Despite some remarkable musical pastiches and riveting set pieces, this postmodern wank-job doesn’t have much of a heart.
Not surprisingly, the film’s most effective scene is also its least pretentious.
The film is a ravishing evocation of a unconsummated romantic relationship put through an emotional and cultural ringer.
To think that there are people in America will take the film’s rank sentimentality as an act of humanitarianism.
Get this: in Memento, Christopher Nolan tells his story backward!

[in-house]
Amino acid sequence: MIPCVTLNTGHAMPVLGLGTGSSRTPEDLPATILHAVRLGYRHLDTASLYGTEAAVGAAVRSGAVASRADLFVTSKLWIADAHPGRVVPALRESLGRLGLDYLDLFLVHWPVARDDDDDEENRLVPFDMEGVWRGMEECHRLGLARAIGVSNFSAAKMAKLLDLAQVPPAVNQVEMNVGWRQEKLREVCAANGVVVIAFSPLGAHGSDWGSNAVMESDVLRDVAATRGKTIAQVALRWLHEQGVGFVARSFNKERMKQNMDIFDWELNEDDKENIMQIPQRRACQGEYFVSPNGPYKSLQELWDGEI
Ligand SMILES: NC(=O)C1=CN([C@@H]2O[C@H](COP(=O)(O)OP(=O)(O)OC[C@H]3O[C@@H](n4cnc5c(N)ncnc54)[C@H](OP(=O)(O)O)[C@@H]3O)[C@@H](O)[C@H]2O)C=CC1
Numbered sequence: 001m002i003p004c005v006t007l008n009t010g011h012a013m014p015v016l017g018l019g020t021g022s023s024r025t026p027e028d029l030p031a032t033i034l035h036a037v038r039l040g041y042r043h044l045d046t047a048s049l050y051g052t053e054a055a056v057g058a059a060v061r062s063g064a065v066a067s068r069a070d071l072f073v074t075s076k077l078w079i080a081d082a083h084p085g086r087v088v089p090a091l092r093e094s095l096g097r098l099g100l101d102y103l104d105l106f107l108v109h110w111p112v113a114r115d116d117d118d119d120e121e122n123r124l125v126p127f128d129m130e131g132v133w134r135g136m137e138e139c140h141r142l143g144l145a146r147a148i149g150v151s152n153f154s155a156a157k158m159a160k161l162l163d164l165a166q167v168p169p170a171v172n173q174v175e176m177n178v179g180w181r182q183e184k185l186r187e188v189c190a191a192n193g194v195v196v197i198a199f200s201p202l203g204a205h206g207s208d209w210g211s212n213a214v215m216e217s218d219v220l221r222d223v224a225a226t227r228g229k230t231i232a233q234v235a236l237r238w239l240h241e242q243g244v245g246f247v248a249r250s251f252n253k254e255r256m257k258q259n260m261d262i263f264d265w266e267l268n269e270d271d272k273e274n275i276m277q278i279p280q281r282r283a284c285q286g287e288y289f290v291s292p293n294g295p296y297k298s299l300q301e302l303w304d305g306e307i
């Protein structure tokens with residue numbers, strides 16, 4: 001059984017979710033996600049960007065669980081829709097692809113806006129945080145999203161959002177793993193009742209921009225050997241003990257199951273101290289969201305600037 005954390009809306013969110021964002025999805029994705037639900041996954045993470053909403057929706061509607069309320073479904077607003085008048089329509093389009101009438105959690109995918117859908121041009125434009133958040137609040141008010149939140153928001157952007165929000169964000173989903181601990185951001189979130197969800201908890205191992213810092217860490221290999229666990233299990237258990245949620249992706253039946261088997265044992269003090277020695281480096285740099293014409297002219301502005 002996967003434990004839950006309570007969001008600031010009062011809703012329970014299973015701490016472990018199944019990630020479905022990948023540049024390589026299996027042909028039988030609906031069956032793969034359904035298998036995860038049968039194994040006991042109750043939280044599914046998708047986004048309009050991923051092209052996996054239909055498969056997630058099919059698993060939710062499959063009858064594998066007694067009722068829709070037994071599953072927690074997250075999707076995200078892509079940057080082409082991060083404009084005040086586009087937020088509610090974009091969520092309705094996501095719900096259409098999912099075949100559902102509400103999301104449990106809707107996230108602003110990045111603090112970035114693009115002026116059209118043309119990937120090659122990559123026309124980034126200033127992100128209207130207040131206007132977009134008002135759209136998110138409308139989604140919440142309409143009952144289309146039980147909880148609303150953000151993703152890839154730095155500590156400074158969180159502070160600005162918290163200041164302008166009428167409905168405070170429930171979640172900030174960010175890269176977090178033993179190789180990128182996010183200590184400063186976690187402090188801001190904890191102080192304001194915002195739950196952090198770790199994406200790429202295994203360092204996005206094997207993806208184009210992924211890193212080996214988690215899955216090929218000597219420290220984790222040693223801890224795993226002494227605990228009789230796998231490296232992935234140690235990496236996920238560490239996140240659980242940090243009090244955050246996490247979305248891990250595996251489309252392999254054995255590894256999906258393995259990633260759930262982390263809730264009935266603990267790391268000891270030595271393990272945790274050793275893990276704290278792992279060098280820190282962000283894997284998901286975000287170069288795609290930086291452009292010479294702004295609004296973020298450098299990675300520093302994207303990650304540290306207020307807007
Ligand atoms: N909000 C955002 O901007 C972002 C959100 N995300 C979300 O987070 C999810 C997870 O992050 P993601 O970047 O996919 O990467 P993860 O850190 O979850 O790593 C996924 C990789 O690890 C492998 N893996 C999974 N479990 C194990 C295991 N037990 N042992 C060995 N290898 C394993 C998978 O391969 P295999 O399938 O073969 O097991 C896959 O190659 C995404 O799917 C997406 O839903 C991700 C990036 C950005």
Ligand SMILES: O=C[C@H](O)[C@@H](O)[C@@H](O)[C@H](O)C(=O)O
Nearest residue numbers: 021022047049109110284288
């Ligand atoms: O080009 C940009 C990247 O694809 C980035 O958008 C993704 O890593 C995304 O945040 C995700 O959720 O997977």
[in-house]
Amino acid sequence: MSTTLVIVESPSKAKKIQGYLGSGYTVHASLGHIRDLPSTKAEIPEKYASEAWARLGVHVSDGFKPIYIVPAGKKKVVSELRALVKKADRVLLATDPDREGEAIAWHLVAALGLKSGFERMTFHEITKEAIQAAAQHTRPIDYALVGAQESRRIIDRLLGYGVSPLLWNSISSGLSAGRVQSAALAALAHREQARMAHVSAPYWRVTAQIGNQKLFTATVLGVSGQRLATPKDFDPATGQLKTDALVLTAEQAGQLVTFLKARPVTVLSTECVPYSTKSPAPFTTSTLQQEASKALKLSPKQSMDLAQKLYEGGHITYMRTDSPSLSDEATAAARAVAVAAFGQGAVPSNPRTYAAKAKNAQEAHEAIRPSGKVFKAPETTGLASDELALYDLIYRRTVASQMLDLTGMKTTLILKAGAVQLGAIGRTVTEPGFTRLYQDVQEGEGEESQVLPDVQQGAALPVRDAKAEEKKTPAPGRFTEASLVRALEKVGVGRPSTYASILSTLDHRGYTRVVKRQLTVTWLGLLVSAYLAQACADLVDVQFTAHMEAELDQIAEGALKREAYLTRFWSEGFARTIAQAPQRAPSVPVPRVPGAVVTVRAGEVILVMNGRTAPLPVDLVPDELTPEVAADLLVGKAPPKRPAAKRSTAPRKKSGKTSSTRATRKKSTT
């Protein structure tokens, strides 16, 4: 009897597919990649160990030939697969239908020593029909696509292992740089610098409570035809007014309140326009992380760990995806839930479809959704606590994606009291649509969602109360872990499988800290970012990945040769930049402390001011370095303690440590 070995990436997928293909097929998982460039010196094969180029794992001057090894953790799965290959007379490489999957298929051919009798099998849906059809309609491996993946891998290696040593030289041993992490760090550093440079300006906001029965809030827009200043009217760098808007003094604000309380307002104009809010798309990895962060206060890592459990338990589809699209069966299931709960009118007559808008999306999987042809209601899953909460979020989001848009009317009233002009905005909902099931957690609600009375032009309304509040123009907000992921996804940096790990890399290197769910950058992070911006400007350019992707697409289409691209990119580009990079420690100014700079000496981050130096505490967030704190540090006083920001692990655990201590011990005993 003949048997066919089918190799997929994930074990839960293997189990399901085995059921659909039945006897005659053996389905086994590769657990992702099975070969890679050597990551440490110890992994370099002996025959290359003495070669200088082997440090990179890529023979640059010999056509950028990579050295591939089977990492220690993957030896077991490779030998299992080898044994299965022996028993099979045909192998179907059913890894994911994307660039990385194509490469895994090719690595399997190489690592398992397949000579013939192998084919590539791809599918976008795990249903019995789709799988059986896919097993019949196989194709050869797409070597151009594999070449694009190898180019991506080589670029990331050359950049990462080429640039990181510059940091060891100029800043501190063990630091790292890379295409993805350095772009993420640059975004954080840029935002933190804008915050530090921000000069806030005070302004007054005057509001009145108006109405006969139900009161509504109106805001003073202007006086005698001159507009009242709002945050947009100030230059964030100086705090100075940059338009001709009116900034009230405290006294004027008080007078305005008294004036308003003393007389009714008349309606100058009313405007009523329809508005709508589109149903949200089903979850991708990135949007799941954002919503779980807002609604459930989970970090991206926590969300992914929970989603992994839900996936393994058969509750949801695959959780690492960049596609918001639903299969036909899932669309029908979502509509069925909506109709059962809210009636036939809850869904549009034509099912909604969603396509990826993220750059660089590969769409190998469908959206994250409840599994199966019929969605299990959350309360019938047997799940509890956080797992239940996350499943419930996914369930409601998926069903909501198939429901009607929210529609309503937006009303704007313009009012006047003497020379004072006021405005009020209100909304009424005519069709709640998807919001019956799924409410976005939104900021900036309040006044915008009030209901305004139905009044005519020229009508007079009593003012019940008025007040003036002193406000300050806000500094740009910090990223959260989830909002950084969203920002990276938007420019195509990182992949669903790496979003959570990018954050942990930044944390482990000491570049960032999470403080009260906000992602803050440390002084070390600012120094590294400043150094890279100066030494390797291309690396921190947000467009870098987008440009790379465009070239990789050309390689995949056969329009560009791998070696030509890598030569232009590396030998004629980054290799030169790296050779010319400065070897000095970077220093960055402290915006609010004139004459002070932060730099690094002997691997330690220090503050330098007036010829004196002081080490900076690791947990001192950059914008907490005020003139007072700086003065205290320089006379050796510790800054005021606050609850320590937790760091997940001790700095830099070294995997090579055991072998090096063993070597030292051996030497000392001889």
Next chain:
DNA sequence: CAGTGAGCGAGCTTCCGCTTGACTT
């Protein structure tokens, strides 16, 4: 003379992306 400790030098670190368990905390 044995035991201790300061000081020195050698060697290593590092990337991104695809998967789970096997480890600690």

The Whip and the Body is at once frightening and hysterical, a gothic rendition of a D.H. Lawrence tale.
Its brilliance emanates equally from its structure, the acuteness of its gaze, and Edward Yang’s acknowledgement of life as a series of alternately humdrum and catastrophic occurrences.
This is Kenneth Lonergan’s trip down a familiar road where lives will forever be emotionally and inextricably bound.